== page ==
Assemblyman Fred W. Thiele Jr. (I-Sag Harbor) is preparing legislation to require the Long Island Power Authority to allow all Long Islanders to make use of Community Choice (CCA) Aggregation in the same way the rest of the utility ratepayers in New York State currently can.
“My fear from the beginning was that LIPA would stick a poison pill in any CCA program” for this area “and it has,” said Mr. Thiele.
Meanwhile, the Town of Southampton and the citizens’ initiative Choice Community Power are spearheading a petition drive on this, too. A petition to LIPA trustees has just gone up on the town’s website at southamptontownny.gov/LIPA.
CCA is a program a municipality can adopt covering users of electricity and gas in its area. The municipality could necessitate all or some portion of the supply generated by renewable sources such as solar and wind, and thus encourage the use of renewable energy. And the municipality through a “CCA administrator” could seek competitive bids for electricity and gas. In this way CCA would facilitate the purchase of energy on the open market so ratepayers would not have to settle for the price charged by their area’s utility.
But LIPA, charges Lynn Arthur, energy chair of the Southampton Town Green Sustainability Advisory Committee and a leading proponent of CCA, has undermined that aspect of CCA here. It has placed CCA under its “Long Island Choice” program with “an adjustment” that would eliminate the cost savings.
This, says Mr. Thiele, is the kind of “poison pill” he feared. “This surcharge, this poison pill, would take away any financial incentive for CCA,” said Mr. Thiele, chair of the Assembly’s Local Governments Committee.
Says Mr. Thiele: “I was always skeptical that LIPA would move forward on CCA because there’s nothing in it for them — although there’s a lot in it for ratepayers.” Mr. Thiele’s legislation would have LIPA provide CCA to this area’s residents “under the same terms that the state Public Service Commission provides for CCA to operate in the rest of New York State — and that’s without a surcharge.”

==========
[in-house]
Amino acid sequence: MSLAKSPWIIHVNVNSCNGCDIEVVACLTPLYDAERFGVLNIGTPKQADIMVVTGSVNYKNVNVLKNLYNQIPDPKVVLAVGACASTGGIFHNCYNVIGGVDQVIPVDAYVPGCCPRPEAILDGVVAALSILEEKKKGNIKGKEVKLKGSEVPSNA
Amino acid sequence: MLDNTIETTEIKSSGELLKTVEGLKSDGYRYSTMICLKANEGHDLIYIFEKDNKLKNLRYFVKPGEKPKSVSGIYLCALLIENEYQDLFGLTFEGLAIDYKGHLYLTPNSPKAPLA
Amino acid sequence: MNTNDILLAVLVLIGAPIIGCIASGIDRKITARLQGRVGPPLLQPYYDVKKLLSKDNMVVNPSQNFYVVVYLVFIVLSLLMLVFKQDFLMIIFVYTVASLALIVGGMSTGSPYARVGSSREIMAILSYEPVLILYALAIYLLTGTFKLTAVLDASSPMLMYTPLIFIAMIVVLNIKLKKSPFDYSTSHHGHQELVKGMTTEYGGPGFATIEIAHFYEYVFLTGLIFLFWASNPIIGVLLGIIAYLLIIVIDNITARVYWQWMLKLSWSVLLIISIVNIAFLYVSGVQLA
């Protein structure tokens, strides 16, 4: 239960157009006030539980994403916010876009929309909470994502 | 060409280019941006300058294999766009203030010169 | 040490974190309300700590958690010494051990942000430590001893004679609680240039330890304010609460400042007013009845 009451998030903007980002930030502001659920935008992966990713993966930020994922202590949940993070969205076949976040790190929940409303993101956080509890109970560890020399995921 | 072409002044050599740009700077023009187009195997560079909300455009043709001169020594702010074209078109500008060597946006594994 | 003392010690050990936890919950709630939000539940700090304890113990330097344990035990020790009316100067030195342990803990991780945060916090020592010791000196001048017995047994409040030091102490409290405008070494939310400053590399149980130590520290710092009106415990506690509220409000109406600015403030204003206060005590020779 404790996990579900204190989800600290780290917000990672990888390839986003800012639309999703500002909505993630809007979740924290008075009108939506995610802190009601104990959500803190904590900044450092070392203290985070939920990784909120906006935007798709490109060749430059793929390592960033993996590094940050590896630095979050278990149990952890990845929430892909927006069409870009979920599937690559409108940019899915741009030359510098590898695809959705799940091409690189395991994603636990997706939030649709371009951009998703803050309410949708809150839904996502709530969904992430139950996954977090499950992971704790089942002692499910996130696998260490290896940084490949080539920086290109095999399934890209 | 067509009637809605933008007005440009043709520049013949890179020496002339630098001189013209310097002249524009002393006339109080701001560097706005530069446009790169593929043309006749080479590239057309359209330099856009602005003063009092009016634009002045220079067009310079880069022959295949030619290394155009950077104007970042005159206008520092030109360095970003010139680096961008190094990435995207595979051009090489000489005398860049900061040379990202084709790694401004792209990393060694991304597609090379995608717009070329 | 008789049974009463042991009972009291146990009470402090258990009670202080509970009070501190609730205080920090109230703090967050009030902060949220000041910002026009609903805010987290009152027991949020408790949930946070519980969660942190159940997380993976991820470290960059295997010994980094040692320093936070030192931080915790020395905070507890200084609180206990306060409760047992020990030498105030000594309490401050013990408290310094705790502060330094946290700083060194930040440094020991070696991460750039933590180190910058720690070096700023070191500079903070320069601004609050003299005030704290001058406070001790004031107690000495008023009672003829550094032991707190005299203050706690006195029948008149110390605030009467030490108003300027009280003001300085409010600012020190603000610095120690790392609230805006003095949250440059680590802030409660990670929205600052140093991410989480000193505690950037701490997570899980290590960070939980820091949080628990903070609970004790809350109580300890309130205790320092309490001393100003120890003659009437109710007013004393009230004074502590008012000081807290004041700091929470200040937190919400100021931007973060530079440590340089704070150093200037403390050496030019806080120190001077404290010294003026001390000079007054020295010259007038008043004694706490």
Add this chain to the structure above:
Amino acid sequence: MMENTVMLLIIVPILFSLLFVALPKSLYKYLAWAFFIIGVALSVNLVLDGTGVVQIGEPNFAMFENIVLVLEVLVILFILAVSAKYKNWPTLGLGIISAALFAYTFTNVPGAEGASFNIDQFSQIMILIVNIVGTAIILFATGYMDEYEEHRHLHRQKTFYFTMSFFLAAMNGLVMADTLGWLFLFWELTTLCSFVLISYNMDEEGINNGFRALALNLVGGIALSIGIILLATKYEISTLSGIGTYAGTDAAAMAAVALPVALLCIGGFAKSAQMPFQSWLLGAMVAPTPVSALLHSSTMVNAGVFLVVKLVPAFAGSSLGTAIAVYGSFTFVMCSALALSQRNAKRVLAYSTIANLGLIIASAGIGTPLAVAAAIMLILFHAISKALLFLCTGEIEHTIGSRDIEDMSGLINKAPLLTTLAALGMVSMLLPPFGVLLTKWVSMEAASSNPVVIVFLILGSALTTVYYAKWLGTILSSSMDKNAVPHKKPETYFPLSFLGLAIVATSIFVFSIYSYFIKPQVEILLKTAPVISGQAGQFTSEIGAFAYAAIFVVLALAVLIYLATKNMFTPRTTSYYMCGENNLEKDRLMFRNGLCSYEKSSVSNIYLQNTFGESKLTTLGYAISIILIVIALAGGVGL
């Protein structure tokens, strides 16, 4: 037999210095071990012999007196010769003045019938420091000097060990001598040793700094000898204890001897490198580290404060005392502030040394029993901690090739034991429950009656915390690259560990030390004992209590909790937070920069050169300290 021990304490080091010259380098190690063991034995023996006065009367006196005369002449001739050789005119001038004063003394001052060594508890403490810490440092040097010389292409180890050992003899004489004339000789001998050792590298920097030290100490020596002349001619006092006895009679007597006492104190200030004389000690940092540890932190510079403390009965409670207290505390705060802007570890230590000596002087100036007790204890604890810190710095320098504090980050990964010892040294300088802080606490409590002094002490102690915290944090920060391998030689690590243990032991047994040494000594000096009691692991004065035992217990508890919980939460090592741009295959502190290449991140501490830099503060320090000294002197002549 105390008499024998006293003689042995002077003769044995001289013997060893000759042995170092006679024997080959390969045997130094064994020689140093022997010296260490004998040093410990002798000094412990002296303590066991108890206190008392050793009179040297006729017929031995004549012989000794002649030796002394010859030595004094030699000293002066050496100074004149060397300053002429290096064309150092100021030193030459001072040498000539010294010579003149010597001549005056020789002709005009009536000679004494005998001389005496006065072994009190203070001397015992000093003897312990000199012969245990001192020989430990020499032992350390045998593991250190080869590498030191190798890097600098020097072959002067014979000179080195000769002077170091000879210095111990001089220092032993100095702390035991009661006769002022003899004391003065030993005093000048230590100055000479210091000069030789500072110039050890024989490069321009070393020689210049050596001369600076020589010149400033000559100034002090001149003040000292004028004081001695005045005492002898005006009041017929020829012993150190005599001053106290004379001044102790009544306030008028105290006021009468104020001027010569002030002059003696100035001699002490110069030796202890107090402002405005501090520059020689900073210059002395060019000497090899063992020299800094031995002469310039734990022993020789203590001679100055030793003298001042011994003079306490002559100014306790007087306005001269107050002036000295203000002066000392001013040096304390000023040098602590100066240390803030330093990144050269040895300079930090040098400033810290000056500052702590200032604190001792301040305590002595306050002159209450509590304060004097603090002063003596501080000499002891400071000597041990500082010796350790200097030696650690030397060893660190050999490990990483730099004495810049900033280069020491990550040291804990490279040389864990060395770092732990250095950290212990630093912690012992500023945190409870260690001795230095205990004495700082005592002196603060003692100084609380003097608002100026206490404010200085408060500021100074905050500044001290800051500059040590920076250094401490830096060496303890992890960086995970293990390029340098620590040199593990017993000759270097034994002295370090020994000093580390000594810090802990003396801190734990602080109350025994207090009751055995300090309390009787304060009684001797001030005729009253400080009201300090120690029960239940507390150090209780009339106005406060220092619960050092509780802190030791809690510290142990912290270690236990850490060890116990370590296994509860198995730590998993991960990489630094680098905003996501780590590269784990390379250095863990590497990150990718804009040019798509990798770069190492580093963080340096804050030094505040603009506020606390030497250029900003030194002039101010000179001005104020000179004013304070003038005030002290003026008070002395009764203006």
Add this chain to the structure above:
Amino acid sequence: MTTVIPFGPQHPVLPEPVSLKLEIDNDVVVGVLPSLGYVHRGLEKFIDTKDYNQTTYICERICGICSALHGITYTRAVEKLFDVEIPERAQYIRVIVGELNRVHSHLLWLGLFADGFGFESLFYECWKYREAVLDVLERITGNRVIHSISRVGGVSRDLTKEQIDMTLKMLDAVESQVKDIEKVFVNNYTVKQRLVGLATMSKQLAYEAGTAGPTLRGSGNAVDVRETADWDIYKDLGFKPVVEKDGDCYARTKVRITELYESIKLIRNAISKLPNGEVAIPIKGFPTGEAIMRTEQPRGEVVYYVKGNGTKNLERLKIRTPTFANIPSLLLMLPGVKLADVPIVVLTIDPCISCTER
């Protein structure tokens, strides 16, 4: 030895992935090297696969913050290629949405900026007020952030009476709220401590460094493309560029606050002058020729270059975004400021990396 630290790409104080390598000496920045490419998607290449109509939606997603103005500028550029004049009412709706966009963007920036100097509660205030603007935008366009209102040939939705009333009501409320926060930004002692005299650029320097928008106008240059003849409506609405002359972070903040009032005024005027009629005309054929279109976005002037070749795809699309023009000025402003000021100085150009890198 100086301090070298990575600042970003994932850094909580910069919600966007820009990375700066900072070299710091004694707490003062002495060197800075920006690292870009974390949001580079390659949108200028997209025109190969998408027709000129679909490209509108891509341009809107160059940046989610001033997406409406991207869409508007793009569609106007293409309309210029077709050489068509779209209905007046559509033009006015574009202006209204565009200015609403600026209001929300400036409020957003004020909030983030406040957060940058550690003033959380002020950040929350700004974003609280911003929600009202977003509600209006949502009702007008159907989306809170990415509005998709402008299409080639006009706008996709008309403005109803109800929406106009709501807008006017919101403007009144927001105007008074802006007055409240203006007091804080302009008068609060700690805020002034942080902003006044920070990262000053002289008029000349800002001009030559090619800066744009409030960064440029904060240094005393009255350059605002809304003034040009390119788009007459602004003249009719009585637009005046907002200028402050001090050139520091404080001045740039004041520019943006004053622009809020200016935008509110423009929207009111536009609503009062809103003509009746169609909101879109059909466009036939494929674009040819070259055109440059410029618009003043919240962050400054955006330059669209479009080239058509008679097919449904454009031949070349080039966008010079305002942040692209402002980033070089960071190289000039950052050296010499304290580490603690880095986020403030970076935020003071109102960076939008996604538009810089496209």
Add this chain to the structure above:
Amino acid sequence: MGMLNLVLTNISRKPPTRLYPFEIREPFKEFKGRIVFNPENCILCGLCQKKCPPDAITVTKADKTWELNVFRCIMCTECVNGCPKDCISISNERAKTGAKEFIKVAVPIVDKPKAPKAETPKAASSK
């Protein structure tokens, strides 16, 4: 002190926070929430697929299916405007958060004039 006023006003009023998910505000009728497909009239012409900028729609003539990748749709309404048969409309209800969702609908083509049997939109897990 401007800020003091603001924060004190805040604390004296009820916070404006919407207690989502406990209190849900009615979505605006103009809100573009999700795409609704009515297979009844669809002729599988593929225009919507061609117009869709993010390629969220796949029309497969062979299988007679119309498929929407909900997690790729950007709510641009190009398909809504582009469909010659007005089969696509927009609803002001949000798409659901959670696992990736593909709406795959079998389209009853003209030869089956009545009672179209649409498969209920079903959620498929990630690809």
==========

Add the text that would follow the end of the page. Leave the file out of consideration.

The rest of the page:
In 2016 the Public Service Commission opened up having municipalities in the state arrange for CCA programs. CCAs have formed across the nation with other states authorizing local governments to start them including New Jersey, California, Virginia, Illinois, Massachusetts, Ohio and Rhode Island. On Long Island, the Towns of Hempstead, Southampton and Brookhaven have passed measures providing for CCAs.
The petition on the website of Southampton Town reads: “Dear LIPA Board Members, It is important that Long Island residents are no longer left behind. CCA authority has been enabled for the rest of the state since 2016 and each of the New York State investor-owned utilities have already implemented CCAs … It is important that Long Island municipalities are able to source the electricity power supply for residents and small businesses, to access clean energy markets, and to protect consumers with fixed electricity rates without cancellation fees. Further, the option of CCA on Long Island is essential for the success of New York’s Climate Leadership and Community Protection Act of 2019 declaring the environmentally critical standards of reaching 70% renewable electricity power supply by 2030.”
Jessica Strombach, managing director of Joule Community Power, the “CCA administrator” for Southampton Town, in a letter to LIPA CEO Tom Falcone and the LIPA board, wrote: “Southampton, Brookhaven and Hempstead have recently passed CCA laws and several other municipalities throughout Long Island are also considering passage of such laws. However, we are concerned because it has become clear to us that the structure of the LIPA Choice Tariff will not allow for a competitive CCA electricity supply process. This construct therefore blocks our authority, Gov. Cuomo’s agenda, as well as our own important municipal agenda. Indeed, as of today, the LIPA Choice Tariff, combined with LIPA billing limitations, blocks CCA in its entirety. This undermines the opportunity for all of Long Island … LIPA asserts that this energy charge is simply a pass-through … for LIPA’s purchase of on-Island capacity for which no market exists.” This, she says, creates “two classes of N.Y. citizen” with Long Islanders “denied the right” of those “in the rest of the state.”
Mr. Thiele said that the LIPA “extra charge” for CCA users is “another one of these cases of LIPA’s lack of accountability, lack of transparency and lack of oversight.”